This Discovery Of Immune Cells May Start The Development Of New Anti-cancer Therapies
Recently, in research published in the Immunity, researchers from University College London in the United Kingdom revealed that a special type of immune cells can be activated to kill cancerous cells through research on mice. Related research may give hope for the development of new types of anticancer therapy.
Researcher Sergio Quezada said that after immunotherapy, some immune cells that have traditionally been considered to assist or regulate, such as some CD4 + T cells, become toxic and can directly kill cancer cells. Now researchers have revealed the molecular and cellular mechanisms behind its activity; researchers have found that T cell growth factor IL-2 and transcription factor Blimp-1 are mainly responsible for turning on the potential killing activity of CD4 + T cells in cancerous tumors.
Researchers point out that these immune cells have amazing potential for killing cancer cells, but to maximize their potency, we need to know how the mechanism is activated; this study provides evidence and reasons to use Blimp- 1 to maximize the anti-tumor activity of CD4 + T cells; researchers are currently researching to develop new personalized cell therapies that increase Blimp-1 activity to drive potential tumor control. T cells are a special class of lymphocytes that play a key role in the body's immune response. In immunotherapy, T cells can be modified to protect against cancer, and these cells can "patrol" the body and find infected cells to kill it; however, T cells do not recognize most cancers because cancers originate from the body's own tissues and appear normal for most T cells, which may pose a great challenge to T cell therapy, so researchers need to find new ways to drive T cells to directly kill cancer cells.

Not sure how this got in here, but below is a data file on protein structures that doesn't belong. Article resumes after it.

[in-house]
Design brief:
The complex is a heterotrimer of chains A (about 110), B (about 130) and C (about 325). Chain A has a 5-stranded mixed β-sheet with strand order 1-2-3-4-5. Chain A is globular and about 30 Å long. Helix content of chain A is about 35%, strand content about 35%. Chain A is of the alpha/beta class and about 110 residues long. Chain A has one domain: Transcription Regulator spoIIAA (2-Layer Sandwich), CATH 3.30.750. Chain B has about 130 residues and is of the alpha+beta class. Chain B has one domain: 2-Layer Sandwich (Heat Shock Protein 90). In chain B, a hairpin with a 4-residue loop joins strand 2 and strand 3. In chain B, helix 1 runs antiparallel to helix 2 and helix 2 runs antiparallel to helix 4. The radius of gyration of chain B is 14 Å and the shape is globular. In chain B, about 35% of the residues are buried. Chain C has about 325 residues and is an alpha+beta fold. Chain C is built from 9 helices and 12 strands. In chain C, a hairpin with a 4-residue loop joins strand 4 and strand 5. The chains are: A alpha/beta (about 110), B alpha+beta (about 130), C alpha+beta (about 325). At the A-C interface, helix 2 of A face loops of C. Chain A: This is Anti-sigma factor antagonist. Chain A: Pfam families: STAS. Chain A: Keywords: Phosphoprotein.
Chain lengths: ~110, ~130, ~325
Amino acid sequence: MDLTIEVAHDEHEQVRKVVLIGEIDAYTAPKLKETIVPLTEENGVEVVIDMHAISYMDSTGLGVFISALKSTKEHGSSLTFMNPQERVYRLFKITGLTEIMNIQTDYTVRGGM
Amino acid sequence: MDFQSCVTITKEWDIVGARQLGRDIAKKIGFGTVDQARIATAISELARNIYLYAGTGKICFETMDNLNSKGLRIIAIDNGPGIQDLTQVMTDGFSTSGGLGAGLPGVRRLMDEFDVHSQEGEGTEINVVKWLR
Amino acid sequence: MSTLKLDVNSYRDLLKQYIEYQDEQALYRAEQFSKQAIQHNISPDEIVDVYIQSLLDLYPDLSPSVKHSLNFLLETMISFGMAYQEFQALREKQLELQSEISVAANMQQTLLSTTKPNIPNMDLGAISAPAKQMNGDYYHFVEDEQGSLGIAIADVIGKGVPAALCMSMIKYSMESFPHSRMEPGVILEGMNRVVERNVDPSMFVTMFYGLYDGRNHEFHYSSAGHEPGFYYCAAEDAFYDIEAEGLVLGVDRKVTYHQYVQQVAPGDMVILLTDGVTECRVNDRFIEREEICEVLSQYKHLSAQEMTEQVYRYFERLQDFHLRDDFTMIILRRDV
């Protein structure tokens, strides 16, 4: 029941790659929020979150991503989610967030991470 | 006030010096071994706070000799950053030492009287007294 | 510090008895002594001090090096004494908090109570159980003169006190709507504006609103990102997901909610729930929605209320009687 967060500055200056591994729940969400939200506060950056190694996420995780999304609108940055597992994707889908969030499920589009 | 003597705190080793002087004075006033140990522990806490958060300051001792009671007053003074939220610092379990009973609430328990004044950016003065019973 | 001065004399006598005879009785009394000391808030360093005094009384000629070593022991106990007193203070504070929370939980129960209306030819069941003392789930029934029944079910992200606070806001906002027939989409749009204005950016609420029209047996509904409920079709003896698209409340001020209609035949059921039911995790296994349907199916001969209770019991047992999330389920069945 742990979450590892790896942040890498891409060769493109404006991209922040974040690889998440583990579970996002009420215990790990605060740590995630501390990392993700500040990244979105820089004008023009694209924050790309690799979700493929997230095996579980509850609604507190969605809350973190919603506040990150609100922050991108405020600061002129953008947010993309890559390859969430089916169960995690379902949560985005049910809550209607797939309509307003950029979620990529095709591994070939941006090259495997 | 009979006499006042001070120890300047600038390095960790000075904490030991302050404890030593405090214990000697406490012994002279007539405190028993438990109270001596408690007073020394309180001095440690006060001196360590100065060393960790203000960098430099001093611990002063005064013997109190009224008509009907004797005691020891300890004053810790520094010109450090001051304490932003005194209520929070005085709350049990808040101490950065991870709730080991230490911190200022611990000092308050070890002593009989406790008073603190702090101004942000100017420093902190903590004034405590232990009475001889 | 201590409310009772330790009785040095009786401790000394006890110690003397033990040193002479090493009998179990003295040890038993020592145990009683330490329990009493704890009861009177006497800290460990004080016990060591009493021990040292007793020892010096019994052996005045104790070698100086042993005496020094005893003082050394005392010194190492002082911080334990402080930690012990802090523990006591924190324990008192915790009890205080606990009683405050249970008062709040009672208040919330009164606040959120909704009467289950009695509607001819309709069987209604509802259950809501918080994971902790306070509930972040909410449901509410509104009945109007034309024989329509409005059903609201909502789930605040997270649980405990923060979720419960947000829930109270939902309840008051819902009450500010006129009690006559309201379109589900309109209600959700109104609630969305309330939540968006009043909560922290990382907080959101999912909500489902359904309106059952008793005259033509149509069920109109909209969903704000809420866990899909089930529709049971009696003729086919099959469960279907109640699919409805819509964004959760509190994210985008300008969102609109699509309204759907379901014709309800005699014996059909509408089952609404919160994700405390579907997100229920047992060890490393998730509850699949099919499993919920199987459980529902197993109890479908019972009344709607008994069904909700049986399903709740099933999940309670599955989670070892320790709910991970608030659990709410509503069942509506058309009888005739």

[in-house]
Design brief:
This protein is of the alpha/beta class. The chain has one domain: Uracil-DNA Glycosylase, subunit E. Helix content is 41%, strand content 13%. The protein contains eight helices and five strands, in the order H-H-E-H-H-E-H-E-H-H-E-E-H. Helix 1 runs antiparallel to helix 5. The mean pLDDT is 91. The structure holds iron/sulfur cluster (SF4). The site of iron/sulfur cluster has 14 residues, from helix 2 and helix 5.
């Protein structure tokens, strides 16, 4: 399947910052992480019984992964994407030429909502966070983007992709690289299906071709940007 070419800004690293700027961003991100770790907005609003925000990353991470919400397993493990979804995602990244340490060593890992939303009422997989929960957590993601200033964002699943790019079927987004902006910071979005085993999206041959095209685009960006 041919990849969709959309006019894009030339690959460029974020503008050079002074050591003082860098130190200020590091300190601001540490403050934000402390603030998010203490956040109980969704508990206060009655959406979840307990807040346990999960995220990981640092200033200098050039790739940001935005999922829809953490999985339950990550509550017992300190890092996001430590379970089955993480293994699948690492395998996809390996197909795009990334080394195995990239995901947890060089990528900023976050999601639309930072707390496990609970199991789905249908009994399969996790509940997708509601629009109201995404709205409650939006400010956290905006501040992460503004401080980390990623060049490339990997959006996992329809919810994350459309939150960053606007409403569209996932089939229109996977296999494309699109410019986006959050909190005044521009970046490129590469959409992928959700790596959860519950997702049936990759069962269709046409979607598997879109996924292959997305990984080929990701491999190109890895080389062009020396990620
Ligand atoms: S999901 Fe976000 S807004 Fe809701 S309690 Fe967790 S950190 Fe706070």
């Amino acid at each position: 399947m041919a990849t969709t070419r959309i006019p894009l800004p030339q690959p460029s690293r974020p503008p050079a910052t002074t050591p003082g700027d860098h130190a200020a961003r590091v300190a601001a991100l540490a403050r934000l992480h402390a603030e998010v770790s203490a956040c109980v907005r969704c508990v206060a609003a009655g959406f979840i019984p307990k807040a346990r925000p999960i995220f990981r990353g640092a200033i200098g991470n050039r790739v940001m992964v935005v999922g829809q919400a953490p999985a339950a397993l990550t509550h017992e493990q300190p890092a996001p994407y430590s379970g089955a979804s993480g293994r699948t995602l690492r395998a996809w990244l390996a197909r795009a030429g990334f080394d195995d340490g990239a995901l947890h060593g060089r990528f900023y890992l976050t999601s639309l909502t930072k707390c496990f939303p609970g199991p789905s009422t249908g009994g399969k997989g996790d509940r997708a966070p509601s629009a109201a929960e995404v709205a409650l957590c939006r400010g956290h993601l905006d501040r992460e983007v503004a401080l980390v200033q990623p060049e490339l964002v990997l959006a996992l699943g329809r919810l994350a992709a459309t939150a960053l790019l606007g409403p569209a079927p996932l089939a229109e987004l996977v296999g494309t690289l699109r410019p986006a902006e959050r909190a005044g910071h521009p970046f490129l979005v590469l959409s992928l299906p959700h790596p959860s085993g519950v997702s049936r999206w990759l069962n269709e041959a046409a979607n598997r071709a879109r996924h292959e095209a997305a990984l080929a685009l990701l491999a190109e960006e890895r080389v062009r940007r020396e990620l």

Researcher Professor Karl Peggs said that cell therapies have only recently entered the clinic and become mainstream. There are still many unknowns on how to optimize these therapies, especially how to improve their therapeutic activity in solid tumor cancers; the results of this paper can help researchers gain insight into the regulators of T cell differentiation, thus providing corresponding novel elements to help target and enhance the efficacy of therapies. Such studies can also help scientists understand the intricacies of the body's immune system and how it can be used to effectively kill cancer cells.
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